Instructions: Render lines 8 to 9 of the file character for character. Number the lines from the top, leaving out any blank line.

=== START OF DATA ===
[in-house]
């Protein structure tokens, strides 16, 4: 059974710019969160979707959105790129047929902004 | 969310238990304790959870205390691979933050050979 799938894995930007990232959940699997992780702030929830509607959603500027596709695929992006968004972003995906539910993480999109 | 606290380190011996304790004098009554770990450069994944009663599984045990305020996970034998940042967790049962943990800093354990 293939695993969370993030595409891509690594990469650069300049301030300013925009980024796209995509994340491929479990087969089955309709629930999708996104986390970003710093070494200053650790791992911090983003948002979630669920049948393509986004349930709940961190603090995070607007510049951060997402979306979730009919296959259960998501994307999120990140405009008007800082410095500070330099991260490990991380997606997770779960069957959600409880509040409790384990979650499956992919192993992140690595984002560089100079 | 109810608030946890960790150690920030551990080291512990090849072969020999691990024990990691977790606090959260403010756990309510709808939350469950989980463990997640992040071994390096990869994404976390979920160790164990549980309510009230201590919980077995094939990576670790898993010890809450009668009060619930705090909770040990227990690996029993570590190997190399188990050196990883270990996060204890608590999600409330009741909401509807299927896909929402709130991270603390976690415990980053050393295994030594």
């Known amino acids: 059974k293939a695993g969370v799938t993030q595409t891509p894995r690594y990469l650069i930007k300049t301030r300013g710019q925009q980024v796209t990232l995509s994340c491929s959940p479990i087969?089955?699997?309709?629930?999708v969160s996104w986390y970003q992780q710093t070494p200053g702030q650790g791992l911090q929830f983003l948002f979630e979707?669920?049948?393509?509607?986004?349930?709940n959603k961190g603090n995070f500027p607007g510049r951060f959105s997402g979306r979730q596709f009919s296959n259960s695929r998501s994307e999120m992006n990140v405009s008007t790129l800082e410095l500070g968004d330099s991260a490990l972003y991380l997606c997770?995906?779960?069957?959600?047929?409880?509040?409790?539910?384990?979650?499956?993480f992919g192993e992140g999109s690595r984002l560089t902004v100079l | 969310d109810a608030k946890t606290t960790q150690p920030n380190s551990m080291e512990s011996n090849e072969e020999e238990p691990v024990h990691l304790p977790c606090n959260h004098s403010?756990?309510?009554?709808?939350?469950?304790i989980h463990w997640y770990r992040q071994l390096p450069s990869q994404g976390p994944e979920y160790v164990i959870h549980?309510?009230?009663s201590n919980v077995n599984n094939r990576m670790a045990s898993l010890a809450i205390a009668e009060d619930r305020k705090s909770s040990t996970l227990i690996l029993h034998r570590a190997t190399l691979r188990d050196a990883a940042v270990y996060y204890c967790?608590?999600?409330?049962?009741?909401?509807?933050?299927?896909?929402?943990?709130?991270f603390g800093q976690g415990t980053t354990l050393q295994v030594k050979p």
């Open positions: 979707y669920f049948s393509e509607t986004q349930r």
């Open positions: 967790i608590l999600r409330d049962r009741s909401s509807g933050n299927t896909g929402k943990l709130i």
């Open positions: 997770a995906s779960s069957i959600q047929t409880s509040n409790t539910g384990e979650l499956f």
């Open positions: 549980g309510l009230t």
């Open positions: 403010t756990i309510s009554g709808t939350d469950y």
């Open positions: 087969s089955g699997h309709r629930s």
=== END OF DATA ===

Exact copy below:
């Open positions: 403010t756990i309510s009554g709808t939350d469950y």
């Open positions: 087969s089955g699997h309709r629930s």